• Set goals, track progress, & celebrate along the way: This is the moment to create a vision for the future that can serve as a guiding light. Don’t get discouraged by how long things will take, focus on methodically fulfilling each step of the journey ahead, and the outcome will consistently become closer.
  • Showcase the value of positive habits & the downfall of lacking them: There comes a point when we can grasp how our actions have a lasting impact. In the words of Michelle Obama, “Life is practice, and every day you’re practicing who you’ll become.”
  • Motivate, celebrate, and instill confidence: Unfortunately, as adults, we may have already been beaten down by past experiences and locked in some pessimistic viewpoints. Unless we’re dying right now, there’s always time to start over and do better.

Okay, I’ll get off my soapbox now, thanks for letting me vent. It doesn’t matter if we’re teaching our children the value of money, guiding our teenagers through their first financial decisions, or setting personal milestones as an adult, every step we take builds towards a more capable and financially free future.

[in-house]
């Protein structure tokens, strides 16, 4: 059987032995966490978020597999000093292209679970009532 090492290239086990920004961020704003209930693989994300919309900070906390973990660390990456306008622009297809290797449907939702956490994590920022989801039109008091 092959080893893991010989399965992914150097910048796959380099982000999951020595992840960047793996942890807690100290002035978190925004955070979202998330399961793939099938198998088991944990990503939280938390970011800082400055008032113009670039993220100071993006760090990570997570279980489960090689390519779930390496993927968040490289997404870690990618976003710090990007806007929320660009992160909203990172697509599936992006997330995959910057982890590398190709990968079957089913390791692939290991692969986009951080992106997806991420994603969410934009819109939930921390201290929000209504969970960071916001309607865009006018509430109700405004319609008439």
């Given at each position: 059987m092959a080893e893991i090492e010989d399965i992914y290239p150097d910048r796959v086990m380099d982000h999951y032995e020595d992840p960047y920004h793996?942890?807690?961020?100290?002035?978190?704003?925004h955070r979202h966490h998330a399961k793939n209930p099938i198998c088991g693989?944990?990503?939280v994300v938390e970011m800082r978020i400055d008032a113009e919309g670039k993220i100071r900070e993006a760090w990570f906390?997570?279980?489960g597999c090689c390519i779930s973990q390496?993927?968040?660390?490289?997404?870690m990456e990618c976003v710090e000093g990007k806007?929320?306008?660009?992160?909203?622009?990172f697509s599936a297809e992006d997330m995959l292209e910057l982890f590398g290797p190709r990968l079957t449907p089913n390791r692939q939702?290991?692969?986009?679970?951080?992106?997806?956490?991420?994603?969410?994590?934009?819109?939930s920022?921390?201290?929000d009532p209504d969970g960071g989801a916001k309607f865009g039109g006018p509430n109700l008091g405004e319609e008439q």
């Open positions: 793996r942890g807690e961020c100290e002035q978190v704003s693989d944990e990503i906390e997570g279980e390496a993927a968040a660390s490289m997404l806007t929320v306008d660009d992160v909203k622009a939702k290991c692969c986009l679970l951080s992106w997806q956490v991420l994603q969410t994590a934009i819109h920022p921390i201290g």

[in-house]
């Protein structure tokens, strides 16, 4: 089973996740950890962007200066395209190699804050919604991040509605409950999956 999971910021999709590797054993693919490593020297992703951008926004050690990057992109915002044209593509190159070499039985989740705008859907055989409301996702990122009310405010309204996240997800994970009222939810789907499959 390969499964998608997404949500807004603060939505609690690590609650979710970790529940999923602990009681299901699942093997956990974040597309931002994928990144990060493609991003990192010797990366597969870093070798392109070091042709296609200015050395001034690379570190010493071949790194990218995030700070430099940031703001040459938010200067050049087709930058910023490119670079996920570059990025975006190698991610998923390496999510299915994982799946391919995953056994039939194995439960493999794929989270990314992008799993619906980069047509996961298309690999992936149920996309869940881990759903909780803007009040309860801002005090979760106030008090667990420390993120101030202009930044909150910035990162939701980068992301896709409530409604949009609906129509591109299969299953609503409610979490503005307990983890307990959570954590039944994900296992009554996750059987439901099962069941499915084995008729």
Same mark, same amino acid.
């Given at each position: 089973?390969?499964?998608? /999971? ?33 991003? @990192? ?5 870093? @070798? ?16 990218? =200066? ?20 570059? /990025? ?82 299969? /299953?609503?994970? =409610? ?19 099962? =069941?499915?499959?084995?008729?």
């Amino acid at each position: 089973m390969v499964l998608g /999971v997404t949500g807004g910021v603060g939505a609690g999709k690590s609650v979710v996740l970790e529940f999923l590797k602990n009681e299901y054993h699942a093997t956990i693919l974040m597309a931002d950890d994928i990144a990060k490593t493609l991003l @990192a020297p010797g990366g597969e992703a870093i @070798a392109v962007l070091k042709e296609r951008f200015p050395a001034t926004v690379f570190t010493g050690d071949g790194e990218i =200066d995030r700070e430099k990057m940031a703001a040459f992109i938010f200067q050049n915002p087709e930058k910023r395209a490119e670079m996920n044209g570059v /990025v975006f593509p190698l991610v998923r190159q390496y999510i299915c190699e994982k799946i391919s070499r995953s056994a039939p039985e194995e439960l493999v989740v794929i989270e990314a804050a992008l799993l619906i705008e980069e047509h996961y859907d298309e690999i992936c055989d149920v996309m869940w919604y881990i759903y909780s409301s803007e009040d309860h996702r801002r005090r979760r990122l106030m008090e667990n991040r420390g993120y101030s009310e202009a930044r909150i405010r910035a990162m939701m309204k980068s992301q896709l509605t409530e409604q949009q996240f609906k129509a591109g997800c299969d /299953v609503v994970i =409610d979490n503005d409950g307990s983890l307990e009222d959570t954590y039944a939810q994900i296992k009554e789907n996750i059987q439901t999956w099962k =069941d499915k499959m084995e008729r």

At Kredit Academy, we are committed to supporting this journey with tools and resources designed specifically for families and Generation Alpha. Want to see how we can work together with your credit union to foster early financial education and establish beneficial habits? Check out Kredit Academy’s suite of products and/or request a demo to see how we can help you establish positive habits and establish early accounts, and make financial capability a lifelong pursuit.

Mike Gross

Mike Gross

Mike Gross is a dynamic speaker, facilitator, and youth development professional. He has spent more than 15 years creating, designing, & facilitating programs for tomorrow’s leaders and those that ... Web: Details